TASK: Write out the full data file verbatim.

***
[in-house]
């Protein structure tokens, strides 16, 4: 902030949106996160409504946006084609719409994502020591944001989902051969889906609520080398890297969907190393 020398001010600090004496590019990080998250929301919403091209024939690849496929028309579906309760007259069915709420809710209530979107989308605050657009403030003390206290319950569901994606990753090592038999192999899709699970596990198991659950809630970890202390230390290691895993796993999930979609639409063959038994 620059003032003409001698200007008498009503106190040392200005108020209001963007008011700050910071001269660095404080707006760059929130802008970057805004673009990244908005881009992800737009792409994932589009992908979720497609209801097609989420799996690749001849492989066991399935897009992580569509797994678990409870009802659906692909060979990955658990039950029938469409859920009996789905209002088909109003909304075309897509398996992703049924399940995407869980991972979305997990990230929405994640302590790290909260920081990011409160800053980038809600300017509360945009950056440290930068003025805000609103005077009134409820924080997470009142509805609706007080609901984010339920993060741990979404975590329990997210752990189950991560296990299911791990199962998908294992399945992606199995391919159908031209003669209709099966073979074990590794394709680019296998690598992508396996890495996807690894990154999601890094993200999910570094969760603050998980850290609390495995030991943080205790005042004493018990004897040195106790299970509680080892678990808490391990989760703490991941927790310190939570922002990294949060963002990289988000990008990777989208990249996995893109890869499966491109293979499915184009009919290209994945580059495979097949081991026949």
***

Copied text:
[in-house]
């Protein structure tokens, strides 16, 4: 902030949106996160409504946006084609719409994502020591944001989902051969889906609520080398890297969907190393 020398001010600090004496590019990080998250929301919403091209024939690849496929028309579906309760007259069915709420809710209530979107989308605050657009403030003390206290319950569901994606990753090592038999192999899709699970596990198991659950809630970890202390230390290691895993796993999930979609639409063959038994 620059003032003409001698200007008498009503106190040392200005108020209001963007008011700050910071001269660095404080707006760059929130802008970057805004673009990244908005881009992800737009792409994932589009992908979720497609209801097609989420799996690749001849492989066991399935897009992580569509797994678990409870009802659906692909060979990955658990039950029938469409859920009996789905209002088909109003909304075309897509398996992703049924399940995407869980991972979305997990990230929405994640302590790290909260920081990011409160800053980038809600300017509360945009950056440290930068003025805000609103005077009134409820924080997470009142509805609706007080609901984010339920993060741990979404975590329990997210752990189950991560296990299911791990199962998908294992399945992606199995391919159908031209003669209709099966073979074990590794394709680019296998690598992508396996890495996807690894990154999601890094993200999910570094969760603050998980850290609390495995030991943080205790005042004493018990004897040195106790299970509680080892678990808490391990989760703490991941927790310190939570922002990294949060963002990289988000990008990777989208990249996995893109890869499966491109293979499915184009009919290209994945580059495979097949081991026949």